3dtrackID outputs .niml.dset

Hi there,

I just finished running 3dTrackID. And wanted to analyze the data. However, now what I wanted to do is to analyze the probabilistic tracts (probability of a path) running from one ROI to another.
I read in the documentation online for this command that the FILE.niml.dset contains the matrix information on the connectivity.
When I looked at the file I couldn’t understand the matrix. It wasn’t showing any numbered ROI’s at the top or anything like that.

Before visualizing the data I wanted to take a look at it myself, but I can’t seem to understand the ouput in the file FILE.niml.dset. It seems to be values all over the place.
I’ve attached what the file looks like and I’m having a hard time interpreting the values. Are these the probabilities a tract exists there? And if so, where are the coordinates of the location?

Hi, Sondos-

The *niml.dset format files are mainly for SUMA to read. The human-readable versions with same matrix/tracking result information are in *grid files.

For doing some stats with those with 3dMVM, you can look at the FAT_MVM demo (scripts+example data):


In the newest FATCAT_DEMO2, there are also some examples of viewing those files with fat_mat_sel.py:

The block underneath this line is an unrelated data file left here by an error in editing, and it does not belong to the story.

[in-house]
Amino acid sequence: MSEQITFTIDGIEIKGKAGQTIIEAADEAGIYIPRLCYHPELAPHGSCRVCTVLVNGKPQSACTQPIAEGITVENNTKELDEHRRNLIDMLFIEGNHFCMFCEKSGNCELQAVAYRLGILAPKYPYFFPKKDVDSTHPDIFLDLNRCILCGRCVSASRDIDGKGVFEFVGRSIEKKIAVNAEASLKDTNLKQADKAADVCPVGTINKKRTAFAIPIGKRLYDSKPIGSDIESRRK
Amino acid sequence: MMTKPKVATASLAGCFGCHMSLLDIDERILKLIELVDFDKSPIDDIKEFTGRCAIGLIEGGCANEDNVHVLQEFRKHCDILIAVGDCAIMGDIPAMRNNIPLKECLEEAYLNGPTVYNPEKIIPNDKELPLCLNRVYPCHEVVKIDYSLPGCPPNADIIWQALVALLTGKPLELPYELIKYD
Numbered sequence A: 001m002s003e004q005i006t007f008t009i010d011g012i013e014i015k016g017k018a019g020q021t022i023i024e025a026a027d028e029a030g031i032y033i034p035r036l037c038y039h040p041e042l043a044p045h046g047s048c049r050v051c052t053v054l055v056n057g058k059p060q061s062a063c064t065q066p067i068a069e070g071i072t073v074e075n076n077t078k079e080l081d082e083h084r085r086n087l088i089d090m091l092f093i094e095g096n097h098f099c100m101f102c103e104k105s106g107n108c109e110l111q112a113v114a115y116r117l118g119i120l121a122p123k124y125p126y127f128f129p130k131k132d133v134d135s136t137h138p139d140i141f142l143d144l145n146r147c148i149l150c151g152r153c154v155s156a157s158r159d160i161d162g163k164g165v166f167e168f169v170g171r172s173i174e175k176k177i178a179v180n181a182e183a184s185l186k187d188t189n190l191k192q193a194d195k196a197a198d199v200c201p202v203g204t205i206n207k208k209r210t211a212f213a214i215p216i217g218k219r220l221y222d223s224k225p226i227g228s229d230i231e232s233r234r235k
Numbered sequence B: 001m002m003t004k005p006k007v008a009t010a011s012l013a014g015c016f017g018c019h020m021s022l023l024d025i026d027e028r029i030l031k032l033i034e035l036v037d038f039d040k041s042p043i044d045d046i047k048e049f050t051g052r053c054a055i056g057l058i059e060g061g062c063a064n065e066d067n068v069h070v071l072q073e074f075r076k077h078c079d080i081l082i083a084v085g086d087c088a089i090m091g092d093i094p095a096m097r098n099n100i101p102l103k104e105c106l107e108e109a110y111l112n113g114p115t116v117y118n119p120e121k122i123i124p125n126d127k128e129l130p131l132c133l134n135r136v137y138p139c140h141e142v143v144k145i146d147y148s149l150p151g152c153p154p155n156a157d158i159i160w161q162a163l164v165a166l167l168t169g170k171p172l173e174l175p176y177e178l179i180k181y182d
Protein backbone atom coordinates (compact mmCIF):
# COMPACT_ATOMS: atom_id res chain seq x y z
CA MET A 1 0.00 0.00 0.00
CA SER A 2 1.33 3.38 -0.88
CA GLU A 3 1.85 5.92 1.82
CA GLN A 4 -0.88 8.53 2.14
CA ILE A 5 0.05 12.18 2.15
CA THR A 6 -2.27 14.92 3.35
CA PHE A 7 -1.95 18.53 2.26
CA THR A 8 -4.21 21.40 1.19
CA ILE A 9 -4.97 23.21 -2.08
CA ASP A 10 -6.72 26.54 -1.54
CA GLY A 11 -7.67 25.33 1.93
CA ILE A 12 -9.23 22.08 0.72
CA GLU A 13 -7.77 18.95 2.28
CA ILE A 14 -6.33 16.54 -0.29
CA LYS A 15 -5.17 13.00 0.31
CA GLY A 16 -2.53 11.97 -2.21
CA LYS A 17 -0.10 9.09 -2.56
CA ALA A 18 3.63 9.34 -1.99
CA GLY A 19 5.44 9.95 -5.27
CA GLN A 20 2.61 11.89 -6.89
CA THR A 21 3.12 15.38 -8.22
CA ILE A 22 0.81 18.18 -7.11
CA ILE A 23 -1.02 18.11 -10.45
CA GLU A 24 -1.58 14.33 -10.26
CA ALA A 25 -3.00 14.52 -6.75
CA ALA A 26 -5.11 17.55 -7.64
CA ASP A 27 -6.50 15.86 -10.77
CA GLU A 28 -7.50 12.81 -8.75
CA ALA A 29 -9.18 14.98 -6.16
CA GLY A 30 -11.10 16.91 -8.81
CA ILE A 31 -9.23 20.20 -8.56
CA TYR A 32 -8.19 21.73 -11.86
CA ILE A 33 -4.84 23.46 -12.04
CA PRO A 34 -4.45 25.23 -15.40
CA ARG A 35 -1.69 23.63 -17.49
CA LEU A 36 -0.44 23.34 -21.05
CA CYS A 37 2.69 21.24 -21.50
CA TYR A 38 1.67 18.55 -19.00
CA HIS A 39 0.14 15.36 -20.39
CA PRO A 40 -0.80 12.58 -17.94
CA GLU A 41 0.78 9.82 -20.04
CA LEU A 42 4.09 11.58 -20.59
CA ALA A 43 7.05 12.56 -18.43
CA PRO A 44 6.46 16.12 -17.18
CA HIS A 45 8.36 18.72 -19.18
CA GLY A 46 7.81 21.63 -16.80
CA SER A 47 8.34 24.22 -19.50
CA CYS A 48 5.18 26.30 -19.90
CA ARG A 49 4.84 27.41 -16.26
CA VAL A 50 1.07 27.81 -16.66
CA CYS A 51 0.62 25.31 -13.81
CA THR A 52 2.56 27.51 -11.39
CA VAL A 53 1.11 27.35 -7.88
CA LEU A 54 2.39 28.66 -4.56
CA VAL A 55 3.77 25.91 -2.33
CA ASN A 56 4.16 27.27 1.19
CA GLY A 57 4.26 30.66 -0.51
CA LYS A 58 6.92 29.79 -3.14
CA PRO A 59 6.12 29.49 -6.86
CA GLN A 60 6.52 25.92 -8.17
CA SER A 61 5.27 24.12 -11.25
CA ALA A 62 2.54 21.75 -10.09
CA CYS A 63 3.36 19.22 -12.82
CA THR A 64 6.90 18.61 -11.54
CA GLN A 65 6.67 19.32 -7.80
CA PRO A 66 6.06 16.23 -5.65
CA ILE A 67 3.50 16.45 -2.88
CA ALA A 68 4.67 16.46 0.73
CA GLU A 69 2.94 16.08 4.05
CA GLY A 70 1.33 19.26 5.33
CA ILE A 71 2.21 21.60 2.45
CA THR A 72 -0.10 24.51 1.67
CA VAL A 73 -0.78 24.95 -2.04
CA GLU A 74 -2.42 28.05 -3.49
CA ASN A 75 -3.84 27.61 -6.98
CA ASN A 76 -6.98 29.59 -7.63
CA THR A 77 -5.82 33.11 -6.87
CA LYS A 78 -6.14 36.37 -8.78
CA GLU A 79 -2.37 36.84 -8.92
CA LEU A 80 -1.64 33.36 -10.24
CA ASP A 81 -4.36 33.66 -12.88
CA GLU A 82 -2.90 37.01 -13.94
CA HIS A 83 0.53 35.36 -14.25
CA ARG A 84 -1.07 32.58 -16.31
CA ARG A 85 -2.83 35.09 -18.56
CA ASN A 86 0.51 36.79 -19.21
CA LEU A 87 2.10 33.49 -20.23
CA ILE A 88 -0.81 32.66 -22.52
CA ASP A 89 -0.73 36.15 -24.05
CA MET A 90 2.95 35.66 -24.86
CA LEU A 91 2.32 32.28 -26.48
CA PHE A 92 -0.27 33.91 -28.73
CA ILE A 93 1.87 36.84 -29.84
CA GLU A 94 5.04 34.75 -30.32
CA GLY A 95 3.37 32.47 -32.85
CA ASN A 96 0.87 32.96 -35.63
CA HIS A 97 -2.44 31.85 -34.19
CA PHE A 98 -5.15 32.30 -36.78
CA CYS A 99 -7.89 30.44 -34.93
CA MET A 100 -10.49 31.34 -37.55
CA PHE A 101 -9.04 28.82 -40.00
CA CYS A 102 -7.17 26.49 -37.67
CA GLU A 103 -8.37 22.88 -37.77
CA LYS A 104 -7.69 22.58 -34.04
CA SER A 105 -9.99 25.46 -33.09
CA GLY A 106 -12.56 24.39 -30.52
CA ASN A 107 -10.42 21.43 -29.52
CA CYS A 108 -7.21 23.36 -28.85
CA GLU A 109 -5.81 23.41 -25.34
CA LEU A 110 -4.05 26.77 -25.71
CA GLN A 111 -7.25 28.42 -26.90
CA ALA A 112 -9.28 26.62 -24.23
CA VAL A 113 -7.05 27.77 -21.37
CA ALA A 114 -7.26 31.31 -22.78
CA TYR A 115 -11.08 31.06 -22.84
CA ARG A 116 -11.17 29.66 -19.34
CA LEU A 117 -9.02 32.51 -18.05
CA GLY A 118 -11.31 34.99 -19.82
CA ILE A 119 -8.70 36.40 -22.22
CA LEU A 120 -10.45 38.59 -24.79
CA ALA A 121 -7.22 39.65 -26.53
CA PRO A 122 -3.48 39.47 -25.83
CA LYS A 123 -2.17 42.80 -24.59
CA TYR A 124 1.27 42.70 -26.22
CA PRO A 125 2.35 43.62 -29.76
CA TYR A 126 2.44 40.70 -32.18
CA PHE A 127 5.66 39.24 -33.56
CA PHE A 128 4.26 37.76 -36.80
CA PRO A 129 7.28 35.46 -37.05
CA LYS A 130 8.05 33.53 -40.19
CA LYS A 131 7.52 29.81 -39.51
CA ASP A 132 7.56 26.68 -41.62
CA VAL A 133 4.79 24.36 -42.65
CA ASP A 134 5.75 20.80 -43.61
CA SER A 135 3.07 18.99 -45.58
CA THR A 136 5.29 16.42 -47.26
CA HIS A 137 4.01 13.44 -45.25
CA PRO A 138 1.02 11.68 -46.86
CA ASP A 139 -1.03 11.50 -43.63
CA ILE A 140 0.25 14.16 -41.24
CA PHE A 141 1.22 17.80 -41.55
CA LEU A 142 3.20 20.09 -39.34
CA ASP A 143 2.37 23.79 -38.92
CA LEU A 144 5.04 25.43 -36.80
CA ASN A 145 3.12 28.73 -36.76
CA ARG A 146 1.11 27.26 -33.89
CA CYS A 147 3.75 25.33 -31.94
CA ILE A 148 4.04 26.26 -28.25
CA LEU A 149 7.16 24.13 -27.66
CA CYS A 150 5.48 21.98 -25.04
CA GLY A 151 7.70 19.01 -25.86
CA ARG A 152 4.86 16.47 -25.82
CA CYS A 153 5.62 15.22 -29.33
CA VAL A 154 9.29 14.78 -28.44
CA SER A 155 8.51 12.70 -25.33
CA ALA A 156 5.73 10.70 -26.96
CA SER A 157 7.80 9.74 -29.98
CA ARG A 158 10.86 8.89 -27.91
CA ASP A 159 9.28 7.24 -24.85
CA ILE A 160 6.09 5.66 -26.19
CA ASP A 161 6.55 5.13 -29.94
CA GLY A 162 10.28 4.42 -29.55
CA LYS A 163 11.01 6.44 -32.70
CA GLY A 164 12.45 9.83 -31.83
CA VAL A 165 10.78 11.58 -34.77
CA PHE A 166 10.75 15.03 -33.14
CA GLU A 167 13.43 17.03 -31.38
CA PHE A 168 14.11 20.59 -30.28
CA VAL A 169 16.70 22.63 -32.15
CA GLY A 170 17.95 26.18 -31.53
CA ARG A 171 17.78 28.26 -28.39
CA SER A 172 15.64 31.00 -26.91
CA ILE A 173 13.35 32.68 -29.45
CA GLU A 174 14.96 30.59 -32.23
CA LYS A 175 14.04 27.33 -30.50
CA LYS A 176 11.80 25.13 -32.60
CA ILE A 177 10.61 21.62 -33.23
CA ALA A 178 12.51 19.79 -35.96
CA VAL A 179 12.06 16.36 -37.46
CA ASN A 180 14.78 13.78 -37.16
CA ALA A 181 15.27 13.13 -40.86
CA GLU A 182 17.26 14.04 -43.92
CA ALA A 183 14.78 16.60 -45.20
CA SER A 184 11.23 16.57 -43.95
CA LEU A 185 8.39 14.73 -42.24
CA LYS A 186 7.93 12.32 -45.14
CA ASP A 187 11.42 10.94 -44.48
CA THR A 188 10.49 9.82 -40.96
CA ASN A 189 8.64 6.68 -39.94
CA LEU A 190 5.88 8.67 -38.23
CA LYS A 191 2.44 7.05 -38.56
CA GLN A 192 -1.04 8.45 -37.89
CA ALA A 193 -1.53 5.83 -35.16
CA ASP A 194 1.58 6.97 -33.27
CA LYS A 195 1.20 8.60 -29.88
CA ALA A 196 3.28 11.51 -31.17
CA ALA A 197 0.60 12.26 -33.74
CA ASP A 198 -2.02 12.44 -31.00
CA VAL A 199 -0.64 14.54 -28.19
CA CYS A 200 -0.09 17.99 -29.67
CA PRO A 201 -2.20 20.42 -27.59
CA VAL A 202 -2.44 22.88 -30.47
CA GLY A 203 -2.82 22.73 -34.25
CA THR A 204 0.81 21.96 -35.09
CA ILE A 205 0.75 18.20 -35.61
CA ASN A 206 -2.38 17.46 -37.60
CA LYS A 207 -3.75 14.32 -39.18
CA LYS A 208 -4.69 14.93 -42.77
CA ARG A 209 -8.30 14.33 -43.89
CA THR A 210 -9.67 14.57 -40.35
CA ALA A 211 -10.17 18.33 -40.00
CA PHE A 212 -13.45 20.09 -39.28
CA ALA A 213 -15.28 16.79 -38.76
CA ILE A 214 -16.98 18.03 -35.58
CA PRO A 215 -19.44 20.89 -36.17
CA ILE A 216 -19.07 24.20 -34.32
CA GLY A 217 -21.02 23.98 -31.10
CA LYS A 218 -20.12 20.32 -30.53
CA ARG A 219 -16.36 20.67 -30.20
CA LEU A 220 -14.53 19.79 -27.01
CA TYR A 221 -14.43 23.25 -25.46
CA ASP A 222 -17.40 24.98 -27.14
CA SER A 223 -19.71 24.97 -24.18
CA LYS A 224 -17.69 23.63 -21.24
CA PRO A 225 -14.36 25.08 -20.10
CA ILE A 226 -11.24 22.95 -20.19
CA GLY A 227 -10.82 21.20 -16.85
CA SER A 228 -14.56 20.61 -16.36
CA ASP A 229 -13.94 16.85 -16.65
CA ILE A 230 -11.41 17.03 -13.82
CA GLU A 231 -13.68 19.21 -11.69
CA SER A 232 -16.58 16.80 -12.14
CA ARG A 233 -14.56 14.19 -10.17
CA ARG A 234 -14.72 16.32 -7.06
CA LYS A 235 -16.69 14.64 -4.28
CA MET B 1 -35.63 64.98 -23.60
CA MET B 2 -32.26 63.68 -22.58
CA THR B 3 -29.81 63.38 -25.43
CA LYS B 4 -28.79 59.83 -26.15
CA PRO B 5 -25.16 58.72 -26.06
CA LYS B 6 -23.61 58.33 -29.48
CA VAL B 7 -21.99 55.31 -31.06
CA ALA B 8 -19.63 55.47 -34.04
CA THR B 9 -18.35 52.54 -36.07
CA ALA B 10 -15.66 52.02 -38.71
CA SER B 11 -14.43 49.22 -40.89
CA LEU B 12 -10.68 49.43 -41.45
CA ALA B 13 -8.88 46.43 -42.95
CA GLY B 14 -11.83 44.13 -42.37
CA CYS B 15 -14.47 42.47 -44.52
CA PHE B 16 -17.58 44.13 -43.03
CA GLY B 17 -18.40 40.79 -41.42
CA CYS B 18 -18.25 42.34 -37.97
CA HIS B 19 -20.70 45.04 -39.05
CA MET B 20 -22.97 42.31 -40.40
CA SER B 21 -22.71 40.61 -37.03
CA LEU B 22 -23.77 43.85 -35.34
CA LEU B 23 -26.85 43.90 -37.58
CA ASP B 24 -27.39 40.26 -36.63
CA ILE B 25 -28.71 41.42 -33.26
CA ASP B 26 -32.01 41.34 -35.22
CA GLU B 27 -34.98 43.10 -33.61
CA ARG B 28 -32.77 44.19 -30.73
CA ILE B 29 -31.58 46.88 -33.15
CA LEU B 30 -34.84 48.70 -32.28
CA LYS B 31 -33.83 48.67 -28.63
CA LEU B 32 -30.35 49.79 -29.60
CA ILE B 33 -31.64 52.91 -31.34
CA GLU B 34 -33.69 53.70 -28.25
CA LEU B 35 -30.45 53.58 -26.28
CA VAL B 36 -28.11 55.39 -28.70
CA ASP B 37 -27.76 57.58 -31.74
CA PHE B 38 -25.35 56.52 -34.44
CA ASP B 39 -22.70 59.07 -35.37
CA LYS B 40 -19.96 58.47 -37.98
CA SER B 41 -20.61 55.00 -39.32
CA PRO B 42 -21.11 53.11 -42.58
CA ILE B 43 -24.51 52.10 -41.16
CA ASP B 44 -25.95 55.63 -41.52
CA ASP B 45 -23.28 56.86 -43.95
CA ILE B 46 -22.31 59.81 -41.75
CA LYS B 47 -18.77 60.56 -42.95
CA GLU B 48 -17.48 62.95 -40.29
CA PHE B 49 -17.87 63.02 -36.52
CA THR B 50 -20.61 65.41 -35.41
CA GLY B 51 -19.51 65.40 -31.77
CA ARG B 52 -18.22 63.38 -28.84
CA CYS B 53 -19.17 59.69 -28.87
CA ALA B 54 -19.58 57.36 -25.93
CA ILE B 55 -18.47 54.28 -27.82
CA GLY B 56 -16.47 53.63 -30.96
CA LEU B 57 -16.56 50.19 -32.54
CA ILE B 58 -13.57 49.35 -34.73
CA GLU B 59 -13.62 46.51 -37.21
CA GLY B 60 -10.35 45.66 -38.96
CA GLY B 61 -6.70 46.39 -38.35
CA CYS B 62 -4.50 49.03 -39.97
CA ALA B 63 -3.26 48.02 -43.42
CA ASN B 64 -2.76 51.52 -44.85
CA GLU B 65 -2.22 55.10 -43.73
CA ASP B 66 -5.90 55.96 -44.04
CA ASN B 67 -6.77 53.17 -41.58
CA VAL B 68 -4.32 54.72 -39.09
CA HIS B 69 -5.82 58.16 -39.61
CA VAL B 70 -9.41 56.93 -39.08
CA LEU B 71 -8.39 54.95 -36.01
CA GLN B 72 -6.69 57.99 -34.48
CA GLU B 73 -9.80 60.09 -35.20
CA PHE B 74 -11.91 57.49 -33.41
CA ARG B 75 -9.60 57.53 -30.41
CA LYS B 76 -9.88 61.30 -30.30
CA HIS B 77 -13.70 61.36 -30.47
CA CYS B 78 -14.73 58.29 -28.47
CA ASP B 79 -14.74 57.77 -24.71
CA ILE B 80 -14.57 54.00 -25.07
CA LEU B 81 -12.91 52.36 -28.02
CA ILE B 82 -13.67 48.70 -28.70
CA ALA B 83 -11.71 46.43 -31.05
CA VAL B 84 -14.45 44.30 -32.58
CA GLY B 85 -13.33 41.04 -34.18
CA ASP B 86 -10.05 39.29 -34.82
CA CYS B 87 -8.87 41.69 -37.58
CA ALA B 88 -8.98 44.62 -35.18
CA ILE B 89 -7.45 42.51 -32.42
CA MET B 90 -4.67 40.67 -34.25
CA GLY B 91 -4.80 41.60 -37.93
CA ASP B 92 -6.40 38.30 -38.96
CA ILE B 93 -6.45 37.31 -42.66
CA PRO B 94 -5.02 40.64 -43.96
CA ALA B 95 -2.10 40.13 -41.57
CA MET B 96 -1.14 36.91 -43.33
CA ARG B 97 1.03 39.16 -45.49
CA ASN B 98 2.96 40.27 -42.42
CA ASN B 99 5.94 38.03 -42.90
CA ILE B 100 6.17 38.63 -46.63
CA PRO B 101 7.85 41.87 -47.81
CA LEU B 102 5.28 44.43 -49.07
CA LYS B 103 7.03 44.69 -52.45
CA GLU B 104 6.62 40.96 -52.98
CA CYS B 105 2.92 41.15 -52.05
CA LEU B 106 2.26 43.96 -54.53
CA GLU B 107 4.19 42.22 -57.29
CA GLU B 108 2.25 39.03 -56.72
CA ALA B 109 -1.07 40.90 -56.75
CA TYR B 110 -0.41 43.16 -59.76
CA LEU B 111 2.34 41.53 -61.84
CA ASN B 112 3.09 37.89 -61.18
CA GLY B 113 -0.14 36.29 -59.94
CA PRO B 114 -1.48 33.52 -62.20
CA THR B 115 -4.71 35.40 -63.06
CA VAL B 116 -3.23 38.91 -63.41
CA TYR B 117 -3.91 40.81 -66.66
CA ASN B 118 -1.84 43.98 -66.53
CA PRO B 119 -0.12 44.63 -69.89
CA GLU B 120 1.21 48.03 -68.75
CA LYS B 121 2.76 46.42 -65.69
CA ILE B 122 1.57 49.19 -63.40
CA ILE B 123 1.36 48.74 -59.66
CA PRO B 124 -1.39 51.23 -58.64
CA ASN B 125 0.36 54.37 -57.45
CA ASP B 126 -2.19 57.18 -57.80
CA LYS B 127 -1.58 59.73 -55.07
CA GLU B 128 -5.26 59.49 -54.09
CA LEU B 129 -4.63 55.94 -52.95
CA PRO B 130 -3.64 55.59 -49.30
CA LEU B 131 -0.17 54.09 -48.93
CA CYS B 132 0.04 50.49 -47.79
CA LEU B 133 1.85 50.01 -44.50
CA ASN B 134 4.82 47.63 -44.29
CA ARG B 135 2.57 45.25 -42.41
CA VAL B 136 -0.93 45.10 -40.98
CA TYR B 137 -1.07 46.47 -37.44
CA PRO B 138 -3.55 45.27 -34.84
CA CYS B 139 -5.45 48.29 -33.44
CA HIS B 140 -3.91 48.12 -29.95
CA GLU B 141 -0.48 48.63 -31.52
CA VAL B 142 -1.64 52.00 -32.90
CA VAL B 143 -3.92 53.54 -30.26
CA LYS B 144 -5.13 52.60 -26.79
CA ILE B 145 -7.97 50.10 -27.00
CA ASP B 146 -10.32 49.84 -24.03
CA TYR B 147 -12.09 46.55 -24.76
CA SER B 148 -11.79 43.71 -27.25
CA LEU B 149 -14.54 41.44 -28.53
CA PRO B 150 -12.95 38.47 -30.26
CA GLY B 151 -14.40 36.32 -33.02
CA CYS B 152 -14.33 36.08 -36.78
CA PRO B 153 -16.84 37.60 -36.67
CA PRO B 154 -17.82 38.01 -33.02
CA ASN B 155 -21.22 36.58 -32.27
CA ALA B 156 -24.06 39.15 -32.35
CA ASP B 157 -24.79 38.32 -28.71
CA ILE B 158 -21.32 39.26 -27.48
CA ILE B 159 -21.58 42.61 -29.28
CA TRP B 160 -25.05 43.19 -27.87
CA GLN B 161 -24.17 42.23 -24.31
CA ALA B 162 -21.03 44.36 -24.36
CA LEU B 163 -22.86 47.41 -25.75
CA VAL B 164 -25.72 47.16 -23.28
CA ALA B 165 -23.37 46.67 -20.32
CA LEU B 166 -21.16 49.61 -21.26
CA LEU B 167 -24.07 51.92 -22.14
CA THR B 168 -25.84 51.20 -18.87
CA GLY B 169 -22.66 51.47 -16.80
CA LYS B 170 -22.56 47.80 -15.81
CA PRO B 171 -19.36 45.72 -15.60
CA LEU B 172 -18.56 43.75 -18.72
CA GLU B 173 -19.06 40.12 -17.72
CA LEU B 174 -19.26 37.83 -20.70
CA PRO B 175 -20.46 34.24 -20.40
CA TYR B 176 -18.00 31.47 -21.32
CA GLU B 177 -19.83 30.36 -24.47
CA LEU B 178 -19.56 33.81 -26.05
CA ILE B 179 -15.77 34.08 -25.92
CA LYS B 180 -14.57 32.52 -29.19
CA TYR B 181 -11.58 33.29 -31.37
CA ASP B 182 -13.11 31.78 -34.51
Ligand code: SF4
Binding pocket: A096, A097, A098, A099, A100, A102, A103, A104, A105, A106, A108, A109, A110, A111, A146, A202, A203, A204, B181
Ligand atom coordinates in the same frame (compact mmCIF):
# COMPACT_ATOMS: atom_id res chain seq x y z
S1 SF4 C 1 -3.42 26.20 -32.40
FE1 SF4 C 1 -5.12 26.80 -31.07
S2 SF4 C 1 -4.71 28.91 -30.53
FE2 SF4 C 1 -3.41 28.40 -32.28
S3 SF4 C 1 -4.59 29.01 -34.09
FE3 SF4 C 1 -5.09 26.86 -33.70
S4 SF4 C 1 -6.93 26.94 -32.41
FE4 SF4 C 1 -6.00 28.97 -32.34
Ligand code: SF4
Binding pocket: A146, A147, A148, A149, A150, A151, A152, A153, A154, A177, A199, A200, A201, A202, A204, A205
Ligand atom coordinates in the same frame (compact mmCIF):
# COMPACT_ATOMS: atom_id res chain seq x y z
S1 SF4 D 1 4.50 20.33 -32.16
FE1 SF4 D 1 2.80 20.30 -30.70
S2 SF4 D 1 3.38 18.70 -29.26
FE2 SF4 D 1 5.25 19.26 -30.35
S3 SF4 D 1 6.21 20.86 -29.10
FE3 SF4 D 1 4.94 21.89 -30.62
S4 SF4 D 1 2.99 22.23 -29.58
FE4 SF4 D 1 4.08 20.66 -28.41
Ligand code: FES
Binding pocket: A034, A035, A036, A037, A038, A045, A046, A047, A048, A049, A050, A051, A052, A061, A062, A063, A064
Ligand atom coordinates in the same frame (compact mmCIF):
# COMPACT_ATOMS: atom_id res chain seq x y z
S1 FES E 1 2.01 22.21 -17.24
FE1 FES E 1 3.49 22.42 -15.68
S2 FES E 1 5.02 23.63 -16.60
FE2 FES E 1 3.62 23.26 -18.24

The thing about the grid files is that there is information on the number of tracts, fractional number of tracts, physcial volume of tracts, etc but we are not given probabilities of connectivity between each ROI region. I was expecting that maybe FATCAT would output the probabilities of SC between each pair of brain regions.

But I guess what you’re saying is: the file.niml.dset does contain the probabilistic DTT information but it’s not meant to be readable by users, right?
Whereas the .grid files contain additional information to the probabilistic values (ie. NT, PV, NV)

Hi, Sondos-

The *.niml.dset and *.grid files contain the same information (same matrices, etc.), just in different formats.

The FATCAT tracking doesn’t output a quantity “proability of connectivity” between regions. 3dTrackID estimates the most likely locations of WM associated with pairs of target ROIs, based on the diffusion data. Within those voxels, quantities are calculated (each WM connection’s average FA, average MD, number of voxels, average bundle length, etc.). For example, see pages 49 and following here:

I don’t think any tracking program can provide probabilities of connectivity. I don’t see a method for how that could be reliably estimated from this kind of information.